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Afghanistan remains a political and military conundrum for the United States, with victory elusive in the 16-year-old war. A recent report from the Special Inspector General for Afghanistan Reconstruction (SIGAR) highlighted that the Taliban now exercises control or influence over 54 of the 407 districts in Afghanistan, going up nine districts from six months ago, showing that the insurgents have gained a lot of ground this year. While conceding more autonomy to his military commanders operating in Afghanistan, U.S. President Donald Trump identified India as a key partner in the administration’s new South Asia strategy, thus greatly expanding the scope and nature of their bilateral relationship in the region. For both these democracies, this strategy will help buy time for Afghan President Ashraf Ghani to tackle the “fifth wave of violence” in his country, but it will undoubtedly be tested by a resurgent Taliban and a challenging Pakistan.

India’s development assistance initiatives in Afghanistan remain popular and can be a vital arrangement in buttressing U.S. counterinsurgency plans to fight the Taliban. In fact, at a recent Senate Armed Services Committee hearing, U.S. Defense Secretary James Mattis referred to India-Afghanistan ties as “enduring,” a sentiment that reflects the U.S. trust in the utility of India’s goodwill in Afghanistan. As one of the largest regional and international aid donors to Afghanistan, India’s grant-based assistance work on critical infrastructure projects such as the Zaranj Delaram road, the Afghanistan Parliament building, and the Salma hydropower project have been viewed as symbols of progress, both within Afghanistan and internationally. More importantly, India’s capacity-building measures to train Afghan soldiers and civilian administrators have reinforced indigenous governing capacity in a way that is synergistic with recent U.S. pronouncements of its desire to push forward a peace process that is Afghan-led.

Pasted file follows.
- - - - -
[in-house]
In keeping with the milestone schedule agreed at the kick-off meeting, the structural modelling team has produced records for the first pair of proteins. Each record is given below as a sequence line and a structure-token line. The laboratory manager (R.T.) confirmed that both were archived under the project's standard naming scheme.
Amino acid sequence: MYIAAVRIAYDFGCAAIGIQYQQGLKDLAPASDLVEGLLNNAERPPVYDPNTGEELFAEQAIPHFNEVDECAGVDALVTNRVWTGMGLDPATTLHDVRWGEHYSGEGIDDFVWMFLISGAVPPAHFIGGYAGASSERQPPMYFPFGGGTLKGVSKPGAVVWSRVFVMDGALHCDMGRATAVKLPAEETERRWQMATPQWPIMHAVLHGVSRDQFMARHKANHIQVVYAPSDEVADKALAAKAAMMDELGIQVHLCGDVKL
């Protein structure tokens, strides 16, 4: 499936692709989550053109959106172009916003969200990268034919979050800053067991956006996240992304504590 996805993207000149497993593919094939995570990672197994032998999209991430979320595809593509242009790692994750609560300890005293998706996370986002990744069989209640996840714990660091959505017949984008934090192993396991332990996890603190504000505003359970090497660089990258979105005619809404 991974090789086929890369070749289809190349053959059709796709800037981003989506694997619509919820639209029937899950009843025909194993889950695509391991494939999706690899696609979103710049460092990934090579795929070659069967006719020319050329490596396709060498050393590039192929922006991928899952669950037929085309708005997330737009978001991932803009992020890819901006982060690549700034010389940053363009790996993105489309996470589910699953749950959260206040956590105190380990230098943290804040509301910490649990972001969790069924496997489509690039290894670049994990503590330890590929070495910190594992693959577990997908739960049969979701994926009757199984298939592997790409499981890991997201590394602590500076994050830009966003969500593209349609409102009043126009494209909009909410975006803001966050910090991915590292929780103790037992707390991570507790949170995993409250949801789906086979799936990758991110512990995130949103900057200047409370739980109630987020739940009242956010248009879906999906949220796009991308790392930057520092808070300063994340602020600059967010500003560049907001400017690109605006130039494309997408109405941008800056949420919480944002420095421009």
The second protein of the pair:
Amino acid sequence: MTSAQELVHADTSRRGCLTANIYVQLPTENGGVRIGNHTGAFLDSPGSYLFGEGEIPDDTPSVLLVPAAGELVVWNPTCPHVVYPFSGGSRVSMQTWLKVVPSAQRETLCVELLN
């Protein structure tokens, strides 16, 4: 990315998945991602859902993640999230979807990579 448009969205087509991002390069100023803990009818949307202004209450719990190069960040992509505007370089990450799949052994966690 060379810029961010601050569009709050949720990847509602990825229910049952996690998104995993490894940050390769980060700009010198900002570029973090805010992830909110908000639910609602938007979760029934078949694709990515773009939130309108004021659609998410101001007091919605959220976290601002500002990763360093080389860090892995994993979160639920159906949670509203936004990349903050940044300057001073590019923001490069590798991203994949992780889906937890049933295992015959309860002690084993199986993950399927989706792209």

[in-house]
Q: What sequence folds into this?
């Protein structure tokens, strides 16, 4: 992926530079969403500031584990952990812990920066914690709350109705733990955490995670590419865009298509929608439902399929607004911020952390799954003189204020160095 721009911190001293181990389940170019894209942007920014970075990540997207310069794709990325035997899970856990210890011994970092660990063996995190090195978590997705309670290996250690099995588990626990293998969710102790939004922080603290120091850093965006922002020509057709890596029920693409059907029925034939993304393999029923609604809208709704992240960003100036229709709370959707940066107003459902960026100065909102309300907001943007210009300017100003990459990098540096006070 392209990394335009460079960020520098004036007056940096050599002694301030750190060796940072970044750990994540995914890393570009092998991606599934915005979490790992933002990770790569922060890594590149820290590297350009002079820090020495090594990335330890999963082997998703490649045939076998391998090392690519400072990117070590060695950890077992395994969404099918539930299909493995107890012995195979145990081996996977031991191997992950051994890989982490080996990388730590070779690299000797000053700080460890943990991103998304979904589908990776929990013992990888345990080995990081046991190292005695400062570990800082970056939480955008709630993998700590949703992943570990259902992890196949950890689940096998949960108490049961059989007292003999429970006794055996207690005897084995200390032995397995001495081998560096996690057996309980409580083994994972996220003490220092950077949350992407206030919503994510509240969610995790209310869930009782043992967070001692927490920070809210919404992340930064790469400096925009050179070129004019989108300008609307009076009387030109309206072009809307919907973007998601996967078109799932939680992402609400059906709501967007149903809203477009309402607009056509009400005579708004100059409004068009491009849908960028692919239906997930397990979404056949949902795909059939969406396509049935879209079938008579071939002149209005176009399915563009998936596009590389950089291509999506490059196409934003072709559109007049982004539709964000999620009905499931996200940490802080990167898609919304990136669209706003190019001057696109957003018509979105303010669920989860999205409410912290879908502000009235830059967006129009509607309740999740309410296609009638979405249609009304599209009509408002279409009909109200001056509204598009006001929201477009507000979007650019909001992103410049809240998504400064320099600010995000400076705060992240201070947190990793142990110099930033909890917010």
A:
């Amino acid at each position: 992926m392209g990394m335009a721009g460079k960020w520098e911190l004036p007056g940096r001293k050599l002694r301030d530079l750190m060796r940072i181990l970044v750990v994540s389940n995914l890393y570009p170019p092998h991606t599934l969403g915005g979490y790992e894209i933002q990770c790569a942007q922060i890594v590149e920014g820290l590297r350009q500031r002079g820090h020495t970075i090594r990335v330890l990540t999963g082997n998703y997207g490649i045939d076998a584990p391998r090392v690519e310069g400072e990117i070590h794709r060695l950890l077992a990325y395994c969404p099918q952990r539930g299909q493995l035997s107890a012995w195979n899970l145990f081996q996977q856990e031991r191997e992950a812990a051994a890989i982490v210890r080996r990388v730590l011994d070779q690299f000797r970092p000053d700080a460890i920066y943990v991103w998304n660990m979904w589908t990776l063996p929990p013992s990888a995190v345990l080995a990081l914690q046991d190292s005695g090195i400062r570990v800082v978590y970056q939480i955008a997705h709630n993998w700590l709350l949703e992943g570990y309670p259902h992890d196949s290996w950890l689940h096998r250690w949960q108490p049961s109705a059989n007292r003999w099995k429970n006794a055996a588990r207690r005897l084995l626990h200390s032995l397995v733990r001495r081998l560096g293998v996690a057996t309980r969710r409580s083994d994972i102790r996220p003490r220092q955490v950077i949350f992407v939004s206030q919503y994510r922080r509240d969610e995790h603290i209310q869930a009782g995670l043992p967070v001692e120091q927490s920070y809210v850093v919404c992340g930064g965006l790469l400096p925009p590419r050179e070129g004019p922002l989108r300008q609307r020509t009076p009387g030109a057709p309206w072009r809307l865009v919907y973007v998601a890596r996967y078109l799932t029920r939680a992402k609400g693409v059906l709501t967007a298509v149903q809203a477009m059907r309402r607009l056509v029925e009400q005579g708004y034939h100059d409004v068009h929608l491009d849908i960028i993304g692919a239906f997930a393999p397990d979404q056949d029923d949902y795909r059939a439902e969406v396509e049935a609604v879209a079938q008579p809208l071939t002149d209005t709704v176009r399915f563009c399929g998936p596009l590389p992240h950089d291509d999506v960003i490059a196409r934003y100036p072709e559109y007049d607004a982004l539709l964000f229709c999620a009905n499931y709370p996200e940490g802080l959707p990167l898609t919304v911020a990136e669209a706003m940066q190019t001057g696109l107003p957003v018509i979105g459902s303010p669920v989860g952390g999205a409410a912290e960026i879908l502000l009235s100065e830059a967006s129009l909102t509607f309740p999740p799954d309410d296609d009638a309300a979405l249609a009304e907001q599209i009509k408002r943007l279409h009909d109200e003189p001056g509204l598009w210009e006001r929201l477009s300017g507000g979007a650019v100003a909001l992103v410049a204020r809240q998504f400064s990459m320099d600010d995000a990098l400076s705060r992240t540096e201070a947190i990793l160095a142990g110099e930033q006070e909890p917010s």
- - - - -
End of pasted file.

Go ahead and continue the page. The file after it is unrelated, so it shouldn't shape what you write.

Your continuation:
With the new U.S. strategy, India’s Afghanistan policy is likely to receive more support from the Trump administration. For instance, Indian External Affairs Minister Sushma Swaraj recently flagged off the first shipment of wheat to pass into Afghanistan through the India-constructed Chabahar port in Iran, bypassing Pakistani restrictions on India-Afghanistan overland trade. U.S. Secretary of State Rex Tillerson’s manifold meetings with Indian Prime Minister Narendra Modi underline the new administration’s anxiety to prop India as a key regional player and encourage it to further flex its economic muscle in Afghanistan. During President Ghani’s visit to India last month, which happened to coincide with Secretary Tillerson’s visit, India announced a New Development Partnership with Afghanistan in the form of 116 projects across 31 Afghan provinces. For Ghani, the coming together of these two democratic powers is a “game-changer”—one that grants him a vantage position to attempt and push through a peace deal with the Taliban.